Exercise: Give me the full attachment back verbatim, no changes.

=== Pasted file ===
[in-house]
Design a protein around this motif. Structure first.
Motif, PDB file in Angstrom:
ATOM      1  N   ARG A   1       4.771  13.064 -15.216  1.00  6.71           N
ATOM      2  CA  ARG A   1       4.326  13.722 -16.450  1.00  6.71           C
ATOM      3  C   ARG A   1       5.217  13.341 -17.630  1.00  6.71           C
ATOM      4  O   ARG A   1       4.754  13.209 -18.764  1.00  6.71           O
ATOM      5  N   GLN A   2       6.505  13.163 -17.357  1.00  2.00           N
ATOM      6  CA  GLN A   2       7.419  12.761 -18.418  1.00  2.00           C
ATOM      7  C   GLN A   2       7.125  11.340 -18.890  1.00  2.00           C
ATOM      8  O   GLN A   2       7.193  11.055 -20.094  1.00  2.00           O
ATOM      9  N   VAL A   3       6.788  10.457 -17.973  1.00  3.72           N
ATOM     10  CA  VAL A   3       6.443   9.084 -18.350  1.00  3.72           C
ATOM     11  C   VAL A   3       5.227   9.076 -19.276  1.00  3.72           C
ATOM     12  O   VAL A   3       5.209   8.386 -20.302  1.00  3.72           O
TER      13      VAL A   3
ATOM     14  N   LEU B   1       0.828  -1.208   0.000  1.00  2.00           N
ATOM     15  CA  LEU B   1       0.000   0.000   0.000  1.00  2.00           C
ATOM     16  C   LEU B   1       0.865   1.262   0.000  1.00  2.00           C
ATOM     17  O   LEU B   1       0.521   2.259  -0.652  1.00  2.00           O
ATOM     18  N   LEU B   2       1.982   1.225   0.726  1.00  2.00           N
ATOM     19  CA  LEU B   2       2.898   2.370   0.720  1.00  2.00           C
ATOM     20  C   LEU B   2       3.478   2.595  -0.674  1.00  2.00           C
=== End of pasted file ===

[in-house]
Design a protein around this motif. Structure first.
Motif, PDB file in Angstrom:
ATOM      1  N   ARG A   1       4.771  13.064 -15.216  1.00  6.71           N
ATOM      2  CA  ARG A   1       4.326  13.722 -16.450  1.00  6.71           C
ATOM      3  C   ARG A   1       5.217  13.341 -17.630  1.00  6.71           C
ATOM      4  O   ARG A   1       4.754  13.209 -18.764  1.00  6.71           O
ATOM      5  N   GLN A   2       6.505  13.163 -17.357  1.00  2.00           N
ATOM      6  CA  GLN A   2       7.419  12.761 -18.418  1.00  2.00           C
ATOM      7  C   GLN A   2       7.125  11.340 -18.890  1.00  2.00           C
ATOM      8  O   GLN A   2       7.193  11.055 -20.094  1.00  2.00           O
ATOM      9  N   VAL A   3       6.788  10.457 -17.973  1.00  3.72           N
ATOM     10  CA  VAL A   3       6.443   9.084 -18.350  1.00  3.72           C
ATOM     11  C   VAL A   3       5.227   9.076 -19.276  1.00  3.72           C
ATOM     12  O   VAL A   3       5.209   8.386 -20.302  1.00  3.72           O
TER      13      VAL A   3
ATOM     14  N   LEU B   1       0.828  -1.208   0.000  1.00  2.00           N
ATOM     15  CA  LEU B   1       0.000   0.000   0.000  1.00  2.00           C
ATOM     16  C   LEU B   1       0.865   1.262   0.000  1.00  2.00           C
ATOM     17  O   LEU B   1       0.521   2.259  -0.652  1.00  2.00           O
ATOM     18  N   LEU B   2       1.982   1.225   0.726  1.00  2.00           N
ATOM     19  CA  LEU B   2       2.898   2.370   0.720  1.00  2.00           C
ATOM     20  C   LEU B   2       3.478   2.595  -0.674  1.00  2.00           C